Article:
Johnny played for the Reds from 1967 to 1983 and his teammates would include Pete Rose, Joe Morgan, Bobby Tolan, Tony Perez, George Foster, Danny Driessen, Cesar Geronimo, Dave Concepcion and Ken Griffey, Sr. This group conprised the Big Red Machine, a team that dominated National League baseball in the 1970′s with their hitting, pitching, running and defense.

The Big Red Machine, under the direction of George Lee “Sparky” Anderson, won six division titles, four National League pennants, and two World Series titles in 1975 and 1976.

ESPN called Johnny the greatest catcher in baseball history.

A member of the Baseball Hall of Fame, voted in back in 1989 with 96.42 percent of the vote, Bench was a 14-time All-Star and a two-time NL Most Valuable Player.

His other career accomplishments include: a .267 batting average, with 389 home runs, 1,376 RBI’s, a 10-time Gold Glove award winner, 1968 NL Rookie of the Year, 1976 World Series MVP, 1976 Babe Ruth Award, 1975 Lou Gehrig Memorial Award, 1981 Hutch Award, Major League Baseball All-Century Team, Major League Baseball All-Time Team and his #5 Cincinnati Reds jersey retired in 1984.

The Sporting News dubbed him as the greatest catcher ever in 1998, when he was named the 16th greatest player of all time.

In 1980, Bench set the endurance record by catching 100 or more games for 13 straight seasons.


SPORTS SPOTLIGHT: Bradley Fenton, Mount Vernon’s inside force


Bradley Fenton cutting down nets (courtesy of Mount Vernon News)

( photo)

The Mount Vernon Yellow Jackets have a nice starting lineup of Nathan Miller, Riley Swanson, Seth Badger, Will O’Hara and Bradley Fenton.

In that group, the player who has to go up against taller players night-after-night, is the 6’3 Fenton.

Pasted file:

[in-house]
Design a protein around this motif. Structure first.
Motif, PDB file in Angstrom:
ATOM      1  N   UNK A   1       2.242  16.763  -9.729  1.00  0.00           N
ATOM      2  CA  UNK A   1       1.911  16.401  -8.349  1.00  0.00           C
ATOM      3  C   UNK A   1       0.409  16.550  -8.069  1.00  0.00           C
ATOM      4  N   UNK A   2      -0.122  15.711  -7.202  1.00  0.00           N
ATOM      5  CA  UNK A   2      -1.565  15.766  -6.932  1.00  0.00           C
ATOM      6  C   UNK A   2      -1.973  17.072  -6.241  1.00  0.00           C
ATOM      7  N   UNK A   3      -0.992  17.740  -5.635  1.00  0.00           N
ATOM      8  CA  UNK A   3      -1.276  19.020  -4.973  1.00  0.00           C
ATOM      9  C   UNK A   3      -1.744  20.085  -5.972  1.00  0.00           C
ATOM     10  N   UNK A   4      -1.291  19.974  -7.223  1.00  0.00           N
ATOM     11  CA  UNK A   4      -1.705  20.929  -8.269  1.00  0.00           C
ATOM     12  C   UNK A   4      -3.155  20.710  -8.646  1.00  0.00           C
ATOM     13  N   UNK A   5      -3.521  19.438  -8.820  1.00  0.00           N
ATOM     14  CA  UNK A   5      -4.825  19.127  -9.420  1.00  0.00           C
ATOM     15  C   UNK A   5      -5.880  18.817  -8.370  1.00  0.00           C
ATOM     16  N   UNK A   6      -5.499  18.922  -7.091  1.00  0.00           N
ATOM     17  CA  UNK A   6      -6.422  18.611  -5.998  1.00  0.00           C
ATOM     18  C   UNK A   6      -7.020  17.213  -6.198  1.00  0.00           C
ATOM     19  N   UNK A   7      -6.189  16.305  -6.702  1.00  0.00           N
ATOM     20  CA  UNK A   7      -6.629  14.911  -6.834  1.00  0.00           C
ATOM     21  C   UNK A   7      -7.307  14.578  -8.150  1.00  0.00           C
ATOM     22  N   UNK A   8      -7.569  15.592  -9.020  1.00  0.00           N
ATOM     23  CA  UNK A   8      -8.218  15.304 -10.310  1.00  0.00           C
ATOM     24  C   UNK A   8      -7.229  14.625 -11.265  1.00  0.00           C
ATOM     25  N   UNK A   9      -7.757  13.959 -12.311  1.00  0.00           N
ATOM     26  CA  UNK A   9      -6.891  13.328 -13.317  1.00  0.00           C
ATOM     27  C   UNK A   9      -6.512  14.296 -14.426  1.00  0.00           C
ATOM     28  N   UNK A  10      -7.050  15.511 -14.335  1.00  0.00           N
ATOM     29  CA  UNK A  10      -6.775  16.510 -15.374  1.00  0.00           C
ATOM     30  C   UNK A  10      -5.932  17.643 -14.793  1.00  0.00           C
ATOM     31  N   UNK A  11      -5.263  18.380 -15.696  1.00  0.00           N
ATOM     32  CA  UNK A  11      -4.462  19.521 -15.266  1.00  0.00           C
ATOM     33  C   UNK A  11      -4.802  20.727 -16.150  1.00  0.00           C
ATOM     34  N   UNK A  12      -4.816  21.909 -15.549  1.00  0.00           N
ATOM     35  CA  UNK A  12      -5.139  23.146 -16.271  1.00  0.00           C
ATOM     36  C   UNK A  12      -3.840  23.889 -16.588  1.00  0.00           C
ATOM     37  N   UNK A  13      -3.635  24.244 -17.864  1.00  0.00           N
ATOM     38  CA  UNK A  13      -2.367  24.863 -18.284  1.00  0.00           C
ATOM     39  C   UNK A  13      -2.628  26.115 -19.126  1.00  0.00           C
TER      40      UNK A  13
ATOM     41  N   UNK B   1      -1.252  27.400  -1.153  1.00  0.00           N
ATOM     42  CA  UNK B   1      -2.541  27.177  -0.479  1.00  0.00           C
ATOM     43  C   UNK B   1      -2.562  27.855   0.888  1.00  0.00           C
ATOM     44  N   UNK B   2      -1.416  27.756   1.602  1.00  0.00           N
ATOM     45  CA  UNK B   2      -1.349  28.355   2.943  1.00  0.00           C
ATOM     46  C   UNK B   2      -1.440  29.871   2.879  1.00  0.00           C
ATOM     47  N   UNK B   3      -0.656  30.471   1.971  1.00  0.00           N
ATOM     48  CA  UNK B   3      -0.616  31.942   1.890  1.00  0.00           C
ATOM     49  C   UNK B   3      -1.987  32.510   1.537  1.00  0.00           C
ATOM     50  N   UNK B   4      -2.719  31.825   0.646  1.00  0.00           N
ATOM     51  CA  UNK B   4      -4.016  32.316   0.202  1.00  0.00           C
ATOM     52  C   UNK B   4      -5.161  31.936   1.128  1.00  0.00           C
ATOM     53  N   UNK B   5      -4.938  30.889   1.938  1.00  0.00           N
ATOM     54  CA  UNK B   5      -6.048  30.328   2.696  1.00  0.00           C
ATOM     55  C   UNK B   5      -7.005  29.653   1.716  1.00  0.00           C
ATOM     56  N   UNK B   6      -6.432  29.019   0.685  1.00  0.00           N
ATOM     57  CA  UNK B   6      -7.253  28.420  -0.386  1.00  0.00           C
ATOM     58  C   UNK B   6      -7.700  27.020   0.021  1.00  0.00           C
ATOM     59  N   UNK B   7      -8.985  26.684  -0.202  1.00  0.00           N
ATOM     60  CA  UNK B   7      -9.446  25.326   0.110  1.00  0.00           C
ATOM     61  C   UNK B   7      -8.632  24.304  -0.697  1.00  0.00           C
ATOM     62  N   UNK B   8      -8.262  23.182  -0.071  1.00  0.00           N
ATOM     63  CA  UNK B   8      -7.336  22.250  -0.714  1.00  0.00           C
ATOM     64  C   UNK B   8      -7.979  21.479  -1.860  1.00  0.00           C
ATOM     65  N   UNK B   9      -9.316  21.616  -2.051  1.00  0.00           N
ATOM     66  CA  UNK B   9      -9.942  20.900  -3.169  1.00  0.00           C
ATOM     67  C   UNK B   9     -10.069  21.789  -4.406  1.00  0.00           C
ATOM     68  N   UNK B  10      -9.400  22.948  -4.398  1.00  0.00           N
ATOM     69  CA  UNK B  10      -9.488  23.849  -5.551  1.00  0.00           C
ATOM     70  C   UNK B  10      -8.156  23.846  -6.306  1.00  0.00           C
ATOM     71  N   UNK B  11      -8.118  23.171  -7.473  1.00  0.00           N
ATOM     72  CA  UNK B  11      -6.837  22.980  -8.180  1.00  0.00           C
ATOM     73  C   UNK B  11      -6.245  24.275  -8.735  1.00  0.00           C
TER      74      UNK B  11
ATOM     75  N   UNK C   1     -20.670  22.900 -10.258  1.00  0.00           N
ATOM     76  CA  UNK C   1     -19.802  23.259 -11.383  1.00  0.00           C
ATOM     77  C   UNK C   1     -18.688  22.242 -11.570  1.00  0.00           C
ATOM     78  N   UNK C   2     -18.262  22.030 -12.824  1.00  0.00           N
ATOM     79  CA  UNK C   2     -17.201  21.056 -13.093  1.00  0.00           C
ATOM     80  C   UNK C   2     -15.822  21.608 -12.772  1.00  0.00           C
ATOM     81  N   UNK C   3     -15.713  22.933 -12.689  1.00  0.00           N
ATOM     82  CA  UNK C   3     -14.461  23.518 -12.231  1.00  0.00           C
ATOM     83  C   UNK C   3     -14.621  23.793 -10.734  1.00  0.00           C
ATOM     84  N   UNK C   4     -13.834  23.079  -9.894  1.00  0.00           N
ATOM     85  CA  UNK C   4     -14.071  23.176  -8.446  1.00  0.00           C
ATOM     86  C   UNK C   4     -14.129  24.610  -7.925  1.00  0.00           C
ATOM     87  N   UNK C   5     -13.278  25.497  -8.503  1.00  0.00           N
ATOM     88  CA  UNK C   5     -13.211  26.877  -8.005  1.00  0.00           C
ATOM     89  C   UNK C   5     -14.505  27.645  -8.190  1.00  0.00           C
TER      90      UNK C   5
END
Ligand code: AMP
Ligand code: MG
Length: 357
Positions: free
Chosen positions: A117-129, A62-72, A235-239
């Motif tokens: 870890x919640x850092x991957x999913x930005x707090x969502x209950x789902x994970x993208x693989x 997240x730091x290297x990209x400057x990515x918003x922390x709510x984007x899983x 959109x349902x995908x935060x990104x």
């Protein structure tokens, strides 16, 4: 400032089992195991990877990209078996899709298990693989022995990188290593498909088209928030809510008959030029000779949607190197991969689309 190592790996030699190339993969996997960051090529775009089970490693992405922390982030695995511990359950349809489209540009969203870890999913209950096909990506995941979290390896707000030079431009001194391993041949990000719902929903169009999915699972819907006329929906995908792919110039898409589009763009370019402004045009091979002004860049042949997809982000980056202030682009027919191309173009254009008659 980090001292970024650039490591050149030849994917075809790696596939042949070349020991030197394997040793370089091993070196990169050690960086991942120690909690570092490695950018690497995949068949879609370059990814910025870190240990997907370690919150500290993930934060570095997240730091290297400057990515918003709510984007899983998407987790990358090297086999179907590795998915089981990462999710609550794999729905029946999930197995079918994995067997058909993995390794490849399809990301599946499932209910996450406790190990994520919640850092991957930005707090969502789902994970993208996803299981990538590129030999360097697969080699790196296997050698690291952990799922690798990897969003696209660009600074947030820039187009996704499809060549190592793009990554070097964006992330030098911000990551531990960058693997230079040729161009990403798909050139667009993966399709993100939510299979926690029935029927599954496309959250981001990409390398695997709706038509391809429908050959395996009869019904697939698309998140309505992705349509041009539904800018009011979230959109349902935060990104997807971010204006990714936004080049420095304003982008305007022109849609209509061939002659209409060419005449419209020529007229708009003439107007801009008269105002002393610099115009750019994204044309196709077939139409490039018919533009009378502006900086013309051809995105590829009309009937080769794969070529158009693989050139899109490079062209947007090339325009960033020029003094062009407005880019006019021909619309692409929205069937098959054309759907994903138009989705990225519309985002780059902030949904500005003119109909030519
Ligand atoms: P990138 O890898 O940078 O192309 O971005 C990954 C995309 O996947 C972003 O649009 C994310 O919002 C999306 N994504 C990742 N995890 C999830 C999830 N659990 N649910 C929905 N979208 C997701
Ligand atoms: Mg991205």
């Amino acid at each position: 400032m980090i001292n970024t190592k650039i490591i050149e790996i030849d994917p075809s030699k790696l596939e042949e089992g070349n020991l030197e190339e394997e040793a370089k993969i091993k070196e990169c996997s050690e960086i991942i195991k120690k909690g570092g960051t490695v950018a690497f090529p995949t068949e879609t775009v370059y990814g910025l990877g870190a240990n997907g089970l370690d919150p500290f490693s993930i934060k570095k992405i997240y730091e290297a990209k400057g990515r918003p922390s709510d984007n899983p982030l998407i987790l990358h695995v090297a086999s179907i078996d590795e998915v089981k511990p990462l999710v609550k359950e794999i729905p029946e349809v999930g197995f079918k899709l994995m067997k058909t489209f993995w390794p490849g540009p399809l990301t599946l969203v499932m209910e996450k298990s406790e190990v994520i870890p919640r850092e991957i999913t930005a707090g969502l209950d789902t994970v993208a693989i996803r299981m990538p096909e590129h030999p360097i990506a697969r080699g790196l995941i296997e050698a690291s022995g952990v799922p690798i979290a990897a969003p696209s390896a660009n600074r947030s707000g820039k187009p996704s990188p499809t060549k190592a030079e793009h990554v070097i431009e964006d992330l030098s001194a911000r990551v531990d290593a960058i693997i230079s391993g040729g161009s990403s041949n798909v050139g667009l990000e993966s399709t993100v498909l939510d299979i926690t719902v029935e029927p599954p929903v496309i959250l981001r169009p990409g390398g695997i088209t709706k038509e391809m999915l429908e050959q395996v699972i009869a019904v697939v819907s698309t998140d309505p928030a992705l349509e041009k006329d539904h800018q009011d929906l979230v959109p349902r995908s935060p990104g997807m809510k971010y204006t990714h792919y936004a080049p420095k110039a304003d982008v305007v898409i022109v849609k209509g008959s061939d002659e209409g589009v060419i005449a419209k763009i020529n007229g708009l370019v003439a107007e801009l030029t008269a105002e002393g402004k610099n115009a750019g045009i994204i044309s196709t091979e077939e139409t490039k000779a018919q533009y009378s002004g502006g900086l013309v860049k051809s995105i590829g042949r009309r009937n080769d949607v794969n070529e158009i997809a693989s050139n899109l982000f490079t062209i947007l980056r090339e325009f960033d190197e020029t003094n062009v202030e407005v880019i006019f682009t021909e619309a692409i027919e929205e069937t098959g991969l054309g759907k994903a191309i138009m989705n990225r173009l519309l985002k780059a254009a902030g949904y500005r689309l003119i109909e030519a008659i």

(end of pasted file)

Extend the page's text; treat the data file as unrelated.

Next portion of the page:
Fenton holds his own every night and he is one of the reasons the Yellow Jackets are 15-6 heading into the district semifinal round.

Fenton is also a football player at Mount Vernon.

He is 6’3, 193 pounds and plays safety on the football field. He is undecided as of yet on a college.    

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Bradley Fenton as an imposing 6'3 safety in football (courtesy of Mount Vernon News)

It’s no wonder Fenton can handle the rugged play under the boards against taller and stronger players. It comes from his time on the football field as a ball-hawking safety.

The Yellow Jackets split with Olentangy Orange, Delaware and New Albany during the regular season. The other losses were to Lexington, Newark and Jonathan Alder. Not a slouch in the bunch. This team started out at o-2 and still won a championship.

They swept Franklin Heights, Hilliard Bradley, Watkins Memorial and Big Walnut. They also defeated Marion Harding, Central Crossing and Ashland.

Wherever he decides to go to college, Bradley Fenton will make someone a fine football and basketball player.







SPORTS SPOTLIGHT: Riley Swanson leading Mount Vernon’s state title efforts


Riley Swanson drives to basket (courtesy of Mount Vernon News)

The Mount Vernon Yellow Jackets showed last week in their game against Upper Arlington, that they are a force to be reckon with in the drive for the OHSAA Division I Championship.

The game pitted champions of the Ohio Capital Conference Central Division (Upper Arlington) and Mount Vernon of the OCC Capital Division.

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Trailing most of the game against the perimeter-oriented Polar Bears, the Yellow Jackets relied on their steady free throw shooting and reliable defense to hold the game close and then exploded in the fourth quarter to the tune of a 21-5 run to end up winning 53-42.